South China Sea conflict; Bangladesh-India ties; Tigray crisis.

In today's episode, we discuss escalating tensions between China and neighbouring countries in and around the South China Sea, examine what led to violent protests in Bangladesh last week, and discuss the easing of tensions in the Tigray region in Ethiopia.
Today on The Leaders' Brief -
  • The Philippines ordered the deployment of more navy ships to the South China Sea last week as tensions escalated over the presence of a fleet of Chinese boats parked near the disputed reef. Philippine President Rodrigo Duterte has expressed “concern” over the threatening presence of 220 Chinese ships. The boats have been parked at the Whitsun Reef that falls under the jurisdiction of Manila’s 200-mile exclusive economic zone (EEZ) as defined by the United Nations Convention on the Law of the Sea. 

  • The climax to Bangladesh’s golden jubilee celebrations of independence was marked with large scale clashes between security forces and a group of protestors who were against the welcoming of Indian Prime Minister Narendra Modi as chief guest. Notably, India has remained a close ally of Bangladesh and had played a key role in its independence movement against Pakistan in 1971. Speaking at Dhaka's parade ground, Mr Modi said that the two countries should move together in progress and expressed satisfaction in being able to aid Dhaka in its COVID fight by supplying vaccines.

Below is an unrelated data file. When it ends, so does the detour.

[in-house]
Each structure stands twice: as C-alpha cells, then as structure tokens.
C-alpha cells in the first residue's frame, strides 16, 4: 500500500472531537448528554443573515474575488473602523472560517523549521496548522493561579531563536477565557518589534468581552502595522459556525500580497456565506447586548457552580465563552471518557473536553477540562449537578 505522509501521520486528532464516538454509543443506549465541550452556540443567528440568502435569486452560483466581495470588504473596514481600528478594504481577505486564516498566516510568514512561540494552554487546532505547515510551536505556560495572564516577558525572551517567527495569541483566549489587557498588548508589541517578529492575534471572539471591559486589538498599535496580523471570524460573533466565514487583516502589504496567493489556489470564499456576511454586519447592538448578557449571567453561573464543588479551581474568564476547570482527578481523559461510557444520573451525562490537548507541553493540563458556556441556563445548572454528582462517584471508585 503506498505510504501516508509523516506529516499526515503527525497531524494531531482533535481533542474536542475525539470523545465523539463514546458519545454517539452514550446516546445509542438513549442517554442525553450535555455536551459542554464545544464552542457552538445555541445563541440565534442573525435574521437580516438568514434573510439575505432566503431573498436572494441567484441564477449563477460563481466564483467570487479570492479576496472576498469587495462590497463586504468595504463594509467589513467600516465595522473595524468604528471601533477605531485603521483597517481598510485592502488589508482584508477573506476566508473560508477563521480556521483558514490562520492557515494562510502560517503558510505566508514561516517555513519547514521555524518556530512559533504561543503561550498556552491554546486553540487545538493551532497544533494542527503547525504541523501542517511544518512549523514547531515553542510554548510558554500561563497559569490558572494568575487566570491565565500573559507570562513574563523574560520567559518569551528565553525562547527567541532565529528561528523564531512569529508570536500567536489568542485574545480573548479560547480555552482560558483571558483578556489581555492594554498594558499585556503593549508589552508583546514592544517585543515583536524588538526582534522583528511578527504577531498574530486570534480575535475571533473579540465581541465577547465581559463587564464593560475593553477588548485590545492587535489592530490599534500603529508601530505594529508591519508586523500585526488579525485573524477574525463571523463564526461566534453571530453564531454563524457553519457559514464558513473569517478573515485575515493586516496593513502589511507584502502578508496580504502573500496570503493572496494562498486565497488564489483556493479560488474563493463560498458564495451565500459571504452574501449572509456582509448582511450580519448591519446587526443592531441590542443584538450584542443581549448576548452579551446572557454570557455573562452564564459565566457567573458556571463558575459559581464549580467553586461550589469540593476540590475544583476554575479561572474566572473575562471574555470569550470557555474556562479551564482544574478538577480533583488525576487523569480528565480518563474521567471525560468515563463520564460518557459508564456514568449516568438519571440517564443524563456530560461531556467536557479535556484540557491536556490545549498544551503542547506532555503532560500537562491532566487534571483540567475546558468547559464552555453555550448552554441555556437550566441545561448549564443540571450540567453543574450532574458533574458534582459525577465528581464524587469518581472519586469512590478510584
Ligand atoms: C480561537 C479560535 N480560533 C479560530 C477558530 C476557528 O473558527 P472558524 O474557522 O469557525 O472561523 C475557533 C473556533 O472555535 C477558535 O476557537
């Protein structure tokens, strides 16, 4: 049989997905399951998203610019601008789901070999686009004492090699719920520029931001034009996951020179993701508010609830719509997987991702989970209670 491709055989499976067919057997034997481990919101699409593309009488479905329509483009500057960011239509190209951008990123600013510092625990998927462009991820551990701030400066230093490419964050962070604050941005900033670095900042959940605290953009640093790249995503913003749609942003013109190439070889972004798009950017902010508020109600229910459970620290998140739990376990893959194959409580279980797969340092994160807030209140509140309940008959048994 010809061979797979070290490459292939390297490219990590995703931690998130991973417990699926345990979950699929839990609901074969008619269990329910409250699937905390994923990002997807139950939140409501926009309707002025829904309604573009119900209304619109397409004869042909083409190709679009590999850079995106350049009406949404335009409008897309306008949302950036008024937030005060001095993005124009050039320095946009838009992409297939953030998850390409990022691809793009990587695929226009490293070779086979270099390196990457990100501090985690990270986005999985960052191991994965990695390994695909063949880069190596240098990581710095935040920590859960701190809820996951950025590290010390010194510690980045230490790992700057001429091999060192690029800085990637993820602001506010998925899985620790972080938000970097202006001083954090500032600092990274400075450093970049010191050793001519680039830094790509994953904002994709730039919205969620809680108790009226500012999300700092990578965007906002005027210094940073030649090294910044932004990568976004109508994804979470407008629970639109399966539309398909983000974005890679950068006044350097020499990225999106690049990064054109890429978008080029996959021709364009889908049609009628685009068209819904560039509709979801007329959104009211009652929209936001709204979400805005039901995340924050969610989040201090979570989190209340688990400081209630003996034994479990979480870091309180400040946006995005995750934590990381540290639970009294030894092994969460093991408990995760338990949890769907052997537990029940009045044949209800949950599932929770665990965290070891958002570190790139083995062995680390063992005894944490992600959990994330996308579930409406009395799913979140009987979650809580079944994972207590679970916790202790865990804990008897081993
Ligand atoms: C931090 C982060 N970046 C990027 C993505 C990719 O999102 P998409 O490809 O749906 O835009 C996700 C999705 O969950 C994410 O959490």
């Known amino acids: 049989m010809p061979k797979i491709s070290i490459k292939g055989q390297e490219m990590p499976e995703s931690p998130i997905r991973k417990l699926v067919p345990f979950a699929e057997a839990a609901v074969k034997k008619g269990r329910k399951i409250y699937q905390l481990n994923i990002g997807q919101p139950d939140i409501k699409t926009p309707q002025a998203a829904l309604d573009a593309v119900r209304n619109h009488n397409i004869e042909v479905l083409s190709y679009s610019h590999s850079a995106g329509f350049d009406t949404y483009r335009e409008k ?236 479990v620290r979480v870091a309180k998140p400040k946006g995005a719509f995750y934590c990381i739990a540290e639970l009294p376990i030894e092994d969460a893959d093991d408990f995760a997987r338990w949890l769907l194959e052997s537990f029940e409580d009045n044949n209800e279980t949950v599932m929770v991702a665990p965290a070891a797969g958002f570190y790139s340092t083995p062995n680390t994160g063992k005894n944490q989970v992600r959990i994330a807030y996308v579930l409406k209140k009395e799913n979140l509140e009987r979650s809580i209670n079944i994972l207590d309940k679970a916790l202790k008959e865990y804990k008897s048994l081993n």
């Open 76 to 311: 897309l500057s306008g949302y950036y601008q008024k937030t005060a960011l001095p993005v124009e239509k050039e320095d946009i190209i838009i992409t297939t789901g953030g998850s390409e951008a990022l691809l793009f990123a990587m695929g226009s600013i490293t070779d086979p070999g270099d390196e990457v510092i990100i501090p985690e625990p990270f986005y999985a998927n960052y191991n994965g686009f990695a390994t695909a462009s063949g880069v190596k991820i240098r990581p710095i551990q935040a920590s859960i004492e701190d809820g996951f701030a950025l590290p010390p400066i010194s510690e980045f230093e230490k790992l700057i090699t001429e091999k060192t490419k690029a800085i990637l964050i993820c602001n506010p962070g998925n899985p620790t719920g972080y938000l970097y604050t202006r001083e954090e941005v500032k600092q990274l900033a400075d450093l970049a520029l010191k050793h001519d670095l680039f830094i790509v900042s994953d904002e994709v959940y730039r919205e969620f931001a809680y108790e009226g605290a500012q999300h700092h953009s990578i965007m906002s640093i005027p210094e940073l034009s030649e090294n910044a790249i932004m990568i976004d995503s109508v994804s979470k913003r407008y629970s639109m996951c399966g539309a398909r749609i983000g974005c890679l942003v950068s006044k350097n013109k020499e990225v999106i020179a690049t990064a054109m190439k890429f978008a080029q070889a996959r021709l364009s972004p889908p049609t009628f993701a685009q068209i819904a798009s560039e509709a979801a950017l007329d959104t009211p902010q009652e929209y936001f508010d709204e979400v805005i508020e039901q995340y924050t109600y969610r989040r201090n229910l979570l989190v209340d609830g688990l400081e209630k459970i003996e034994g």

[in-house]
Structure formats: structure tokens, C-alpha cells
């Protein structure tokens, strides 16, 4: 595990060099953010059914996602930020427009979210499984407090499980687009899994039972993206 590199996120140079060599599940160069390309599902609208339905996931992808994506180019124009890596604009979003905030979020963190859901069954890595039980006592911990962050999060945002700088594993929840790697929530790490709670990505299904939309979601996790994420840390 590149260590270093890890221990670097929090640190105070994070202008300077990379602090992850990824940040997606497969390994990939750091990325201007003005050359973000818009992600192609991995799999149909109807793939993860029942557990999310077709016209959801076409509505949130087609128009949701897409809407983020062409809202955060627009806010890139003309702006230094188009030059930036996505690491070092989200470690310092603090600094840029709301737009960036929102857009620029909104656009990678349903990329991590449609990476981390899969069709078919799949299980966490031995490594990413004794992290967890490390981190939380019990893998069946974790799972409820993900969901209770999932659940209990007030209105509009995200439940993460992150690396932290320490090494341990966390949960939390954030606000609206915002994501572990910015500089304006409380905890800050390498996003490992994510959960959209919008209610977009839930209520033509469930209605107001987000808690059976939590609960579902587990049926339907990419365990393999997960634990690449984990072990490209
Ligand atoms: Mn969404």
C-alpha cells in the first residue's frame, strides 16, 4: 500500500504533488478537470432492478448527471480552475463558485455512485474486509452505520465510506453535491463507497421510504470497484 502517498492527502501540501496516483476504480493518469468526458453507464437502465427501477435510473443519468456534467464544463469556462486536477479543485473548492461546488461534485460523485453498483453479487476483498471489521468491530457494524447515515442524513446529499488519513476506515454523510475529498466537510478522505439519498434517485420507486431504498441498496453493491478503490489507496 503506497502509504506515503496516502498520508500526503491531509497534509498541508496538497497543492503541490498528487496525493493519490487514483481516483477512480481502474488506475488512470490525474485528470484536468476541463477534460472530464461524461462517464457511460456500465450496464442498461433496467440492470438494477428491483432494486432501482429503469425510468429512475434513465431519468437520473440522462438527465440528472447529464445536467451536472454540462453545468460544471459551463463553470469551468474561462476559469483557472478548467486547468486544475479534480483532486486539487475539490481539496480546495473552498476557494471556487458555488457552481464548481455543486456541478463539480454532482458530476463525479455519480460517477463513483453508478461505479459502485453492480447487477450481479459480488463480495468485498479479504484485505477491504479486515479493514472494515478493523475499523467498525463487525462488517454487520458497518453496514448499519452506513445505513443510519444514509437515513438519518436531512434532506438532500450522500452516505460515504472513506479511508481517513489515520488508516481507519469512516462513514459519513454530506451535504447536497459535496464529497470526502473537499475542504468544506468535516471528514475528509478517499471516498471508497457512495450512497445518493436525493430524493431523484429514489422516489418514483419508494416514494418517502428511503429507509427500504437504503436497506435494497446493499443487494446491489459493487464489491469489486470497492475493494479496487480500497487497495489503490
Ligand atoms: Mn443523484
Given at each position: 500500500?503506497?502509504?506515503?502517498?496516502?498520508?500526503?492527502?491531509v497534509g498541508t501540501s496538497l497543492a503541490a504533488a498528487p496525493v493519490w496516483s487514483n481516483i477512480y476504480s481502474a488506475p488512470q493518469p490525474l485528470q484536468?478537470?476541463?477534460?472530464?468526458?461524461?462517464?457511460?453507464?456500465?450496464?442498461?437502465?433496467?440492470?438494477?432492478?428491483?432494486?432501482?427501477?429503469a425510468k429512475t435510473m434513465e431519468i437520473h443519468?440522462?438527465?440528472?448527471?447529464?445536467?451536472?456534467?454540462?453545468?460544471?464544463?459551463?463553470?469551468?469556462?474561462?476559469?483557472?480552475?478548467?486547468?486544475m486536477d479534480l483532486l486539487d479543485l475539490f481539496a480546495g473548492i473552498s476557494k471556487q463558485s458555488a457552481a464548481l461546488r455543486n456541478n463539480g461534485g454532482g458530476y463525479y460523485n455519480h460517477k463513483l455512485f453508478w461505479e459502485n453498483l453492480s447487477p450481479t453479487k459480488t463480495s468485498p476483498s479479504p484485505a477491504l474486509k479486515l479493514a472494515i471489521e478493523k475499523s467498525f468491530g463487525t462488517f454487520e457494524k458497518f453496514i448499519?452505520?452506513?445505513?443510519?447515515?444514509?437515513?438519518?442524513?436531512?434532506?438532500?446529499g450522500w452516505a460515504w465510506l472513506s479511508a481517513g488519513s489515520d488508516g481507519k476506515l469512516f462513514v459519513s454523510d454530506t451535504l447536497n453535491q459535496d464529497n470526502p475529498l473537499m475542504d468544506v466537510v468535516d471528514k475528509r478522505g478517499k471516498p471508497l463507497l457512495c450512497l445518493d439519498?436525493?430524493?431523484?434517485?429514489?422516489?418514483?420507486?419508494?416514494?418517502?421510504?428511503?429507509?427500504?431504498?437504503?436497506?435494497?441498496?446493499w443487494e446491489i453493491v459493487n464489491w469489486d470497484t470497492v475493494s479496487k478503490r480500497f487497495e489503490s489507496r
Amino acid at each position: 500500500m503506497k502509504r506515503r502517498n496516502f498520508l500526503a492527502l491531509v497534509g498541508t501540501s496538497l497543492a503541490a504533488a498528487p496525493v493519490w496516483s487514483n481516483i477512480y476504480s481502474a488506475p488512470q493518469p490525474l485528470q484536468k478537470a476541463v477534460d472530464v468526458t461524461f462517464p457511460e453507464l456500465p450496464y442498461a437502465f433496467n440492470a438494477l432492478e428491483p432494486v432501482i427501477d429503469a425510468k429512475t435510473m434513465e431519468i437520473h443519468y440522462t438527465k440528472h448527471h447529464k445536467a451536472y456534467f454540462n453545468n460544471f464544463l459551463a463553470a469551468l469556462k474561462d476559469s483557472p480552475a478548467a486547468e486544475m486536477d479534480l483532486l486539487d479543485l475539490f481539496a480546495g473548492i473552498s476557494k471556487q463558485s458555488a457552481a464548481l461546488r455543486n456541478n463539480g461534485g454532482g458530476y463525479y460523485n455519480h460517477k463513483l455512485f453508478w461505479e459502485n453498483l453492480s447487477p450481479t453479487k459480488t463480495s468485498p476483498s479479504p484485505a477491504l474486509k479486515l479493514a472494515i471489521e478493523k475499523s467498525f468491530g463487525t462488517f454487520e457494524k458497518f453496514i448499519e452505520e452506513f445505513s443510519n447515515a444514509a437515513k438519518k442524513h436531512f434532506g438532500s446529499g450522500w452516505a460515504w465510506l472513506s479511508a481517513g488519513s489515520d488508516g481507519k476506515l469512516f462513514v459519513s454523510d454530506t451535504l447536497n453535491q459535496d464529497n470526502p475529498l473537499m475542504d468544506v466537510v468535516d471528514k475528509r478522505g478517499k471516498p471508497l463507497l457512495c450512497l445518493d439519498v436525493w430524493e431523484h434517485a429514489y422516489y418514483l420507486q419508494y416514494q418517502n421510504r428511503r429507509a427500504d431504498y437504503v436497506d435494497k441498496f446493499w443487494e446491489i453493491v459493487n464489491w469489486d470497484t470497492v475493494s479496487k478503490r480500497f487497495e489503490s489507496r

• Ethiopia’s prime minister Abiy Ahmed said last week that Eritrea has agreed to withdraw troops from Ethiopian territory along their common border after a nearly five-month long war. Tensions flared up between the two countries last year after Tigray forces fired rockets into their long-standing rival Eritrea claiming that the Ethiopian government was trying to use the Eritrean airport to attack Tigray. In the November clash, which saw thousands dead and hundreds of thousands displaced, the Ethiopian government had maintained that there was no presence of Eritrean troops in the region. However, the Ethiopian Prime Minister confirmed for the first time last week that troops from Eritrea had entered Tigray. 

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